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Friday, 23 August 2013

Socialism Is Ethically Wrong

Abundantia, by Louis Petitot, 1846, Pont du Carrousel, Paris


The fact that communism, or even socialism, cannot be implemented in reality, is by now widely accepted; even Leftists and liberals, if unhappily and grudgingly, had to surrender to the overwhelming historical evidence which has accumulated especially in the last 2 or 3 decades, showing that a socialist economy is almost a contradiction in terms, and a society based on those principles is barely feasible, and certainly not a happy one.

But hardly anyone seems to question the ethical validity of socialist ideas. In the mind of most people, they still inhabit the moral high ground.

In fact, I believe that socialism not only starts from premises which are wrong factually, but it is also wrong ethically.

First of all, let's start from explaining what wealth is. There is a common misconception that wealth is a theft of sort, that people become rich by taking from others.

I don't think that this idea began with socialism. The French libertarian socialist, or anarchist, Proudhon, famously said: "Property is theft", but I don't think that he was original in that.

No, it seems to me that, when you lack something, to blame someone else for your want is one of the simplest, most instinctive of all human impulses: envy.

The thought behind this seems to be that there's only a given, limited amount of goods, and if somebody has more, then it follows that somebody else must necessarily have less.

There's a long history of that idea, perhaps beginning with humanity itself, through Robin Hood to modern-day socialists.

It is a misconception, due to a failure to understand the nature of wealth. Wealth is essentially created, not given.

If anybody is in any doubt about it, they just have to think of these two countries: Iran and Switzerland.

Nature has given an enormous wealth to the former, in the form of oil (although the reason why oil is "black gold" has to do with the huge economic and historical development of the West, and the need of Western societies for it) and natural gas. Iran has the world's largest proved natural gas reserves, and the world's fifth largest proved crude oil reserves. And yet, it is the 75th country in the world for Gross Domestic Product based on Purchasing-Power-Parity (PPP) per capita.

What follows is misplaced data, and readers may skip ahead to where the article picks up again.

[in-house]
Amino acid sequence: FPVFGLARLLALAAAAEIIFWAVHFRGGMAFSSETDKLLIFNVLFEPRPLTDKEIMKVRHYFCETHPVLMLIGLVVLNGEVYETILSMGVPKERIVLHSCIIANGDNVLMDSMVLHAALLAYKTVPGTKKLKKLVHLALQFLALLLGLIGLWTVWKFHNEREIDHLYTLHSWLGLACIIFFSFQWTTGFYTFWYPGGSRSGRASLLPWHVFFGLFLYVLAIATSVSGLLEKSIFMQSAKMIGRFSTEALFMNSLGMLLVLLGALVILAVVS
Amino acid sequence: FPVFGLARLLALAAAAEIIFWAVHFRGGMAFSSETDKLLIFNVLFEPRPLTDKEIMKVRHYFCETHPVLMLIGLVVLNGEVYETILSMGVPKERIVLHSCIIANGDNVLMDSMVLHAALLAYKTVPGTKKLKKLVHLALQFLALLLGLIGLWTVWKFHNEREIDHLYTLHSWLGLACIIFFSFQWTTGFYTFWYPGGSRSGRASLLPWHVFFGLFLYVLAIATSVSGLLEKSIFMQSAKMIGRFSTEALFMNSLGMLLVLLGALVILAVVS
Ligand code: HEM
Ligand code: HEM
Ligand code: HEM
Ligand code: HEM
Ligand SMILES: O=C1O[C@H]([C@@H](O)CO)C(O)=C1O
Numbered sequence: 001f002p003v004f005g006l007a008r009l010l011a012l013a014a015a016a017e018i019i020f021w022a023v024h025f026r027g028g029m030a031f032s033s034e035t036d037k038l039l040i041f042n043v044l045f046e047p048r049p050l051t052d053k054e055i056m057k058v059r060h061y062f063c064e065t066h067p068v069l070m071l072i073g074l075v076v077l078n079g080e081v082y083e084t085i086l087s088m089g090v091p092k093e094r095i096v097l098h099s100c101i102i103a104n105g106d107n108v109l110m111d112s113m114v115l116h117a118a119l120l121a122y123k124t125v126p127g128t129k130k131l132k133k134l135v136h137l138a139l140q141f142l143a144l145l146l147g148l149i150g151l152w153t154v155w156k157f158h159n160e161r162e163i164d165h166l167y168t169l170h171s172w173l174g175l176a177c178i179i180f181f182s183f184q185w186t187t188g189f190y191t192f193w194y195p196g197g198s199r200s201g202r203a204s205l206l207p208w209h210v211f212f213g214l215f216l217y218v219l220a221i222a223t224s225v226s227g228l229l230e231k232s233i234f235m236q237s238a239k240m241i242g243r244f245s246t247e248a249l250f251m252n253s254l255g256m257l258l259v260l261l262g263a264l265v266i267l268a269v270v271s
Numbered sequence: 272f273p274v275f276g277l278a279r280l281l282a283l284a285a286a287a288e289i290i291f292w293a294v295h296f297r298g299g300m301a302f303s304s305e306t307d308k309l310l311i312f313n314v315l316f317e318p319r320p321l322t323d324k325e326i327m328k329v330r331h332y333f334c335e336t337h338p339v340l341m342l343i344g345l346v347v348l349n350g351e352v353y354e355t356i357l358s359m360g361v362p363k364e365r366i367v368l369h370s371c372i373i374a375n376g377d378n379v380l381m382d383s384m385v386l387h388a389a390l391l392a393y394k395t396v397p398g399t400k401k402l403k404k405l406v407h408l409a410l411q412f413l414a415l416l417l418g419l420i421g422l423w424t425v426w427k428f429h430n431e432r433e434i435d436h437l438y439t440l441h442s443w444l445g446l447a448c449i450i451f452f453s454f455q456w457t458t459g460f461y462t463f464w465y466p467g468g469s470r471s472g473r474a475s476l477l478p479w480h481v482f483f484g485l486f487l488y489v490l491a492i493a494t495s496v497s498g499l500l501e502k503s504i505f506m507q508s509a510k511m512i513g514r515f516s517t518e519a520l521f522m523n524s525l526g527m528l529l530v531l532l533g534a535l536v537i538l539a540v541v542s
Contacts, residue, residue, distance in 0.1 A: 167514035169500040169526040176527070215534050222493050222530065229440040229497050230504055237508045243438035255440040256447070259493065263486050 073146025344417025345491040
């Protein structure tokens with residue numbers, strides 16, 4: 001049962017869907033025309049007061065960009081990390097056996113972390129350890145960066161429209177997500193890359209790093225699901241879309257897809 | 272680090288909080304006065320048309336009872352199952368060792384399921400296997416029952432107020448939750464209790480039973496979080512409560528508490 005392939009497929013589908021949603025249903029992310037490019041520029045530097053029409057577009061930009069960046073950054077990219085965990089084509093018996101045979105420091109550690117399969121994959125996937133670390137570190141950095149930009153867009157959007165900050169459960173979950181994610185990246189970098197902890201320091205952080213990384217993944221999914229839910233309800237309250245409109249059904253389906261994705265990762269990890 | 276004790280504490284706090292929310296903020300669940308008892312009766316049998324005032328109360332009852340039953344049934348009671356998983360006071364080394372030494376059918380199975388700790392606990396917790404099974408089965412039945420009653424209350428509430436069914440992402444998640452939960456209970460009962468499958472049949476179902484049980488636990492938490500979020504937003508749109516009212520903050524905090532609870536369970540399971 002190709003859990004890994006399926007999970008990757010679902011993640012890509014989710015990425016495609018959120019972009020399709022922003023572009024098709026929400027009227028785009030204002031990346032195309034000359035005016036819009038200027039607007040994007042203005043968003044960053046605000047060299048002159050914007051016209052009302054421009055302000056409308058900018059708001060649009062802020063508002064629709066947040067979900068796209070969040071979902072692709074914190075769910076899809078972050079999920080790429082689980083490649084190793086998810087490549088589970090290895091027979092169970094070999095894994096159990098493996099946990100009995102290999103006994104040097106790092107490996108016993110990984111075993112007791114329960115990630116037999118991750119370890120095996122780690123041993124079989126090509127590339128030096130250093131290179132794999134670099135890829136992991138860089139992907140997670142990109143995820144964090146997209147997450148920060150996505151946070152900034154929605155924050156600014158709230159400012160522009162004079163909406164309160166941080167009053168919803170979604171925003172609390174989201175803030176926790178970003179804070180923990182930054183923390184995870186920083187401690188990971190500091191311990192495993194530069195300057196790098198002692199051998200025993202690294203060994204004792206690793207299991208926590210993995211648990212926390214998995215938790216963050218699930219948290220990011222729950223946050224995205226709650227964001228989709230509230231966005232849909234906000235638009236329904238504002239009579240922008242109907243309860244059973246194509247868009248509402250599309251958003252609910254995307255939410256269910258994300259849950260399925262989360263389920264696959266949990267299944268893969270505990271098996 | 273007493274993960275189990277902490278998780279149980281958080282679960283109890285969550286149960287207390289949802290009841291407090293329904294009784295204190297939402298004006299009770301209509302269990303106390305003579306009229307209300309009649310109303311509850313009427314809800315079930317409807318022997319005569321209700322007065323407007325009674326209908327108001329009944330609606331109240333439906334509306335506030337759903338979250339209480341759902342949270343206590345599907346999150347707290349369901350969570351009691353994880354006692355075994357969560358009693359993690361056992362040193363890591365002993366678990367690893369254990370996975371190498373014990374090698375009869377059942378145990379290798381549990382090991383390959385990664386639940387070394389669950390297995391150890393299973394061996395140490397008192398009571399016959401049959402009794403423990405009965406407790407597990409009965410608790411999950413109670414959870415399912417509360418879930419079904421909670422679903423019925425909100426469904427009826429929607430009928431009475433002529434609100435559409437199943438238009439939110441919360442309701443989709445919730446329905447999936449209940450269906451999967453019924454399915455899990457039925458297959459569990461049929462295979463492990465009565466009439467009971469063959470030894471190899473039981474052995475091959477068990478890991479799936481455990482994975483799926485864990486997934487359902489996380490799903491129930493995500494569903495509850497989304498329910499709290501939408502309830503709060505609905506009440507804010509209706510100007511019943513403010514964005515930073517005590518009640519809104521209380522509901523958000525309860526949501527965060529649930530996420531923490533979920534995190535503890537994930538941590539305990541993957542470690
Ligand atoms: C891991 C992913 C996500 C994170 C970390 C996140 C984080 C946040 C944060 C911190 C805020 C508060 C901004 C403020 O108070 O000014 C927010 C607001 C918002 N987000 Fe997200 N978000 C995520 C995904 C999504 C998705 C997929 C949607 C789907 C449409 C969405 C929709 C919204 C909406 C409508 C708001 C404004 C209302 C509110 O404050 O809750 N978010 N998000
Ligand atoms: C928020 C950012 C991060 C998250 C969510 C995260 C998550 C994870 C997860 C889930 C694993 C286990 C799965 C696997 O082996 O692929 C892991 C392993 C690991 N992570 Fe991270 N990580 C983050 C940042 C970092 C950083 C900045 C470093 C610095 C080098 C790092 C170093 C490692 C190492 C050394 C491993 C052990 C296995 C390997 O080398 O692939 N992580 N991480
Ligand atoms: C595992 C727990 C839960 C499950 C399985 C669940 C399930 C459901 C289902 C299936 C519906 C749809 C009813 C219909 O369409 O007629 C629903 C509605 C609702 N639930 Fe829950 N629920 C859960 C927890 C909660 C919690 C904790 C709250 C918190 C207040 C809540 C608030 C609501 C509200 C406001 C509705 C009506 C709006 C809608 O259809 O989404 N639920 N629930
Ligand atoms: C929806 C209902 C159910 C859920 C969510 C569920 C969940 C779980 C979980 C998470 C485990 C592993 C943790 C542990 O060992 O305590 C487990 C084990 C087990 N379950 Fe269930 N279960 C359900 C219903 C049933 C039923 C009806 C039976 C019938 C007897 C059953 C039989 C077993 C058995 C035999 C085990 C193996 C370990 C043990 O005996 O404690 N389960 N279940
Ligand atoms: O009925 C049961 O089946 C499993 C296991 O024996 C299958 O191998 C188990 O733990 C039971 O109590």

The Swiss live in an extremely hard habitat, a region of high mountains very unsuitable, on the face of it, to human settlement and economic prosperity. Still, the Swiss have the 9th highest Gross Domestic Product based on Purchasing-Power-Parity (PPP) per capita in the world.

It is obviously the use that both these populations have made of their natural resources that has made them rich or poor, not those resources in themselves. And that use stems from a conscious choice of those people, which in turn comes from their mindset, their way of thinking.

And here we arrive at one of the many hypotheses and fundamental parts of his theory that Karl Marx got wrong: the idea that human beings are dominated by the ineluctable laws of economics, which in turn are governed by the dialectic of history and eventually of nature.

For both Marx and Sigmund Freud humans are not free agents, but subject to deterministic principles. They go against the Christian concept of free will, which is not only closer to the truth, but also positively guides human behaviour, so it is pragmatically useful.

Instead, psychoanalysis and Marxism, two theories of huge influence, one in the personal the other in the public sphere but both profoundly affecting the cultural and political life of our time, have done a lot of damage through the creation of a highly destructive way of thinking that denies free will.

It's true that most individual human beings only use a little part of their potential. That doesn't imply the flattering idea, which has sometimes been expressed, that everybody is potentially an Einstein or a hidden genius.

It just means that most human beings don't fully realize how much control they can have on their lives, how much difference a choice rather than another can make on one's destiny.

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